Support play and swapping roles

This session encourages players to problem solve and find space, and is formed of four different game scenarios. The practice offers lessons in how players can really work positional flexibility to their advantage.

By rehearsing this and playing it out in match situations, we can fashion long sustainable periods of pressure, and the longer an attack lasts, the more chance the team has of scoring.

The session is also great for defenders because it necessitates strong communication. We always state that the success of how we attack is identifiable in how well we can then defend.


30×10 yards
Balls, cones, goals
Number of Players
Session time
Small-sided games 3x10mins
Full size 30mins

What do I get the players to do?

Game one: Play off a target player

This is a 3v3 game in a 30×10 area, split into three zones. It’s 1v1 in each zone, plus a neutral target player at each end.

The attacking team must pass the ball through the zones to their target man at the end (1a). While defenders cannot change zones, attackers can in order to work space and angles, though one team mate must remain in each box (1b). If attackers succeed in working the ball to the opposite end they score a point, then play back the other way.


• Play off the target player- Reds successfully pass through the areas, each of which is a 1v1 duel


• Players are now switching zones so as to spread play, with the ball coming back the other way

Game two: Dribble to the end zone

Now we add a two-yard scoring zone at each end. This time, players pass then dribble through into the end zone (2).


• Dribble to the end zone- The red player at the top receives, turns, and dribbles into the zone.

Game three: Pass, dribble and finish

Extending to a six-yard scoring zone and placing a goal and keeper at each end, we now revert to 4v4. Players rehearse elements from the first two games – playing off a target man in the main zones, then dribbling the ball into the scoring zone, except now attackers must shoot past the keeper for a point (3).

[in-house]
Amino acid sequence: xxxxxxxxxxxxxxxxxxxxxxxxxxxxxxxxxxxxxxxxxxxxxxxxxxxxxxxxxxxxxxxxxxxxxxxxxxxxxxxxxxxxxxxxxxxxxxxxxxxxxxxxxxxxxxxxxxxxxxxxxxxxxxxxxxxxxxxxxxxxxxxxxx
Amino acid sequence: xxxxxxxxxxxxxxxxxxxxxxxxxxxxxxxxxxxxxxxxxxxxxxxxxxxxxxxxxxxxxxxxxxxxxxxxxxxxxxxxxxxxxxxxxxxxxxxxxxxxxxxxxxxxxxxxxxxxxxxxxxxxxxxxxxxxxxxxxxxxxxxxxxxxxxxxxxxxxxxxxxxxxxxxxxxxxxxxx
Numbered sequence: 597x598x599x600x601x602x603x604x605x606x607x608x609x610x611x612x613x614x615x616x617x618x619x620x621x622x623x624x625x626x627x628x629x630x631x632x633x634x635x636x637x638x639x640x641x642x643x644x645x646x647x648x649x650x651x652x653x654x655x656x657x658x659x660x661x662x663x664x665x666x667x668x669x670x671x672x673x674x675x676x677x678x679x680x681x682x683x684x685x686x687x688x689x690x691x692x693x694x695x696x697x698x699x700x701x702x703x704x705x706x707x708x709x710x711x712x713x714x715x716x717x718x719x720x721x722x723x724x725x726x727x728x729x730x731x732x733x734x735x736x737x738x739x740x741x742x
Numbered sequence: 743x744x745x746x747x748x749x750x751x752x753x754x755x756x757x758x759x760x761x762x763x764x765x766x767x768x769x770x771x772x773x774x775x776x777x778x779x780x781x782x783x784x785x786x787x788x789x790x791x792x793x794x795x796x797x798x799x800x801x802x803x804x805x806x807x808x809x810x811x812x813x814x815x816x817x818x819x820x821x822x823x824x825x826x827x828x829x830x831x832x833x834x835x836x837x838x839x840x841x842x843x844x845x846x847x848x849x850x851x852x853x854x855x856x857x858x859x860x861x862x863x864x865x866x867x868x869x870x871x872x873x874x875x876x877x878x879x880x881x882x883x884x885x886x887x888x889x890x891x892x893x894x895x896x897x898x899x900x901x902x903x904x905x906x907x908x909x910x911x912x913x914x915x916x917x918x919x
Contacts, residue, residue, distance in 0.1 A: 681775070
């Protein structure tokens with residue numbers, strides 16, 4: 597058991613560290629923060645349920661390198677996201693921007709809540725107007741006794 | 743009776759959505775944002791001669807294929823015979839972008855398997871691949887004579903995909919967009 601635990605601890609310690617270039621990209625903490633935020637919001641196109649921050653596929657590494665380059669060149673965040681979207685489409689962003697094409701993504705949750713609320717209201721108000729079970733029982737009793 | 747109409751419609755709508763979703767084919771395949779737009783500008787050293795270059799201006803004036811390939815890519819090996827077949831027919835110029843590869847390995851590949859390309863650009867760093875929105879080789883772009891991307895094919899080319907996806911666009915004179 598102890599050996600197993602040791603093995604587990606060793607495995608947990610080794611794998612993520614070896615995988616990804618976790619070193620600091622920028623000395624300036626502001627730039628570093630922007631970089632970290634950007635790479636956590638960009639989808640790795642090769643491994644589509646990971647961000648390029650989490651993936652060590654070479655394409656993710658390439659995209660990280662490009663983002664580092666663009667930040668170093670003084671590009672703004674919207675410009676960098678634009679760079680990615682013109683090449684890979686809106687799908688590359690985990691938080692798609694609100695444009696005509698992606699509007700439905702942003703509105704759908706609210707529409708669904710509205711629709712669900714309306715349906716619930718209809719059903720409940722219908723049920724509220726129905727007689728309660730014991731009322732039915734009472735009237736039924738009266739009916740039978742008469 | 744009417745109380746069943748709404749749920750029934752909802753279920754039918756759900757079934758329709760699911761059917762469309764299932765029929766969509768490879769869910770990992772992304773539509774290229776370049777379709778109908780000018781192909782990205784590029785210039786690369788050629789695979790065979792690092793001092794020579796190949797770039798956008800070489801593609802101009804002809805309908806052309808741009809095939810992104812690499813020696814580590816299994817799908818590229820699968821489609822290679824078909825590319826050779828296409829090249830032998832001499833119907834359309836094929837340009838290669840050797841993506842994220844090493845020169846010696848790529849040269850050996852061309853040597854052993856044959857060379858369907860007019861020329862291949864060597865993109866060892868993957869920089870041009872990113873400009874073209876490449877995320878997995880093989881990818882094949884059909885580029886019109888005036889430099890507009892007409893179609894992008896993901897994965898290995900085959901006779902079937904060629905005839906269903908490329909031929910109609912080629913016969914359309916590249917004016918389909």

• Pass, dribble and finish- The red player receives a pass, dribbles into the scoring zone and fires past the keeper

Game four: Full match

In a full-sized 11v11 game, there are channels on both sides outside the width of the 18-yard box. We set up 4-3-3 against 4-4-2 to produce varying attacking approaches, with two wingers from each side out wide (one in each half), and a 3v3 in each half in the middle.

Players must always occupy each of the zones, so we’re looking for rotation of the front five, communication, and clever interchanges (4a/4b).


• Full match- The central midfielder breaks to the wing as his team mate comes back inside. The attacking team must occupy each of the zones at all times


• Yellows tackle back and play progresses in the opposite direction. The red players should stay in their zones to defend and not recover to their original positions

What are the key things to look for technically/tactically?

For attackers, timing, angle of movement and hitting space is vital. They must be versatile and on the same wavelength, knowing when to fill or vacate a zone.

Because defenders cannot change zones, communication is key. Given the 1v1 situations, they should avoid going to ground, and must be prepared to make recovery runs.

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